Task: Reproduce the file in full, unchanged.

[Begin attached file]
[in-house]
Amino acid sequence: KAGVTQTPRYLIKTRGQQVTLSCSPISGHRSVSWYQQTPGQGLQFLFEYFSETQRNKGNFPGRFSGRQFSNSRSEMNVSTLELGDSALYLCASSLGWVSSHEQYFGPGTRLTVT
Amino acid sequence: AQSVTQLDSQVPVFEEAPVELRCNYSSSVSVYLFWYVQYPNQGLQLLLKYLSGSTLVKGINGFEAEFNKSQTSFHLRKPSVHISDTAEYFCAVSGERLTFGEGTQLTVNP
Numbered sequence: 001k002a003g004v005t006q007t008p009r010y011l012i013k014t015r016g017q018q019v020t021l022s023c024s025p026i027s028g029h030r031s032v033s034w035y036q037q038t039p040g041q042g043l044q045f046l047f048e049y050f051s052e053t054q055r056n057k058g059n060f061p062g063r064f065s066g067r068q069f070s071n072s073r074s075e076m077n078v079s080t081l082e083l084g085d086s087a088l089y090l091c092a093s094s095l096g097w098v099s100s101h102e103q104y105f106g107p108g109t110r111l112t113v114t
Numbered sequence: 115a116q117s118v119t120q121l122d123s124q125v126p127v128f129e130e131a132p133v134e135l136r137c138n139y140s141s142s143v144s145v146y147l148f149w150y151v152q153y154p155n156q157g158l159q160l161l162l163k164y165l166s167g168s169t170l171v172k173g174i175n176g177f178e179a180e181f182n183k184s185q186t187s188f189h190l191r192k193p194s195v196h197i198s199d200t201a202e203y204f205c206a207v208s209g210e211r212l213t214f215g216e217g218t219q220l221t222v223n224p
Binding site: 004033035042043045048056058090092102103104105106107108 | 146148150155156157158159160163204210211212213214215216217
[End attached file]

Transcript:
[in-house]
Amino acid sequence: KAGVTQTPRYLIKTRGQQVTLSCSPISGHRSVSWYQQTPGQGLQFLFEYFSETQRNKGNFPGRFSGRQFSNSRSEMNVSTLELGDSALYLCASSLGWVSSHEQYFGPGTRLTVT
Amino acid sequence: AQSVTQLDSQVPVFEEAPVELRCNYSSSVSVYLFWYVQYPNQGLQLLLKYLSGSTLVKGINGFEAEFNKSQTSFHLRKPSVHISDTAEYFCAVSGERLTFGEGTQLTVNP
Numbered sequence: 001k002a003g004v005t006q007t008p009r010y011l012i013k014t015r016g017q018q019v020t021l022s023c024s025p026i027s028g029h030r031s032v033s034w035y036q037q038t039p040g041q042g043l044q045f046l047f048e049y050f051s052e053t054q055r056n057k058g059n060f061p062g063r064f065s066g067r068q069f070s071n072s073r074s075e076m077n078v079s080t081l082e083l084g085d086s087a088l089y090l091c092a093s094s095l096g097w098v099s100s101h102e103q104y105f106g107p108g109t110r111l112t113v114t
Numbered sequence: 115a116q117s118v119t120q121l122d123s124q125v126p127v128f129e130e131a132p133v134e135l136r137c138n139y140s141s142s143v144s145v146y147l148f149w150y151v152q153y154p155n156q157g158l159q160l161l162l163k164y165l166s167g168s169t170l171v172k173g174i175n176g177f178e179a180e181f182n183k184s185q186t187s188f189h190l191r192k193p194s195v196h197i198s199d200t201a202e203y204f205c206a207v208s209g210e211r212l213t214f215g216e217g218t219q220l221t222v223n224p
Binding site: 004033035042043045048056058090092102103104105106107108 | 146148150155156157158159160163204210211212213214215216217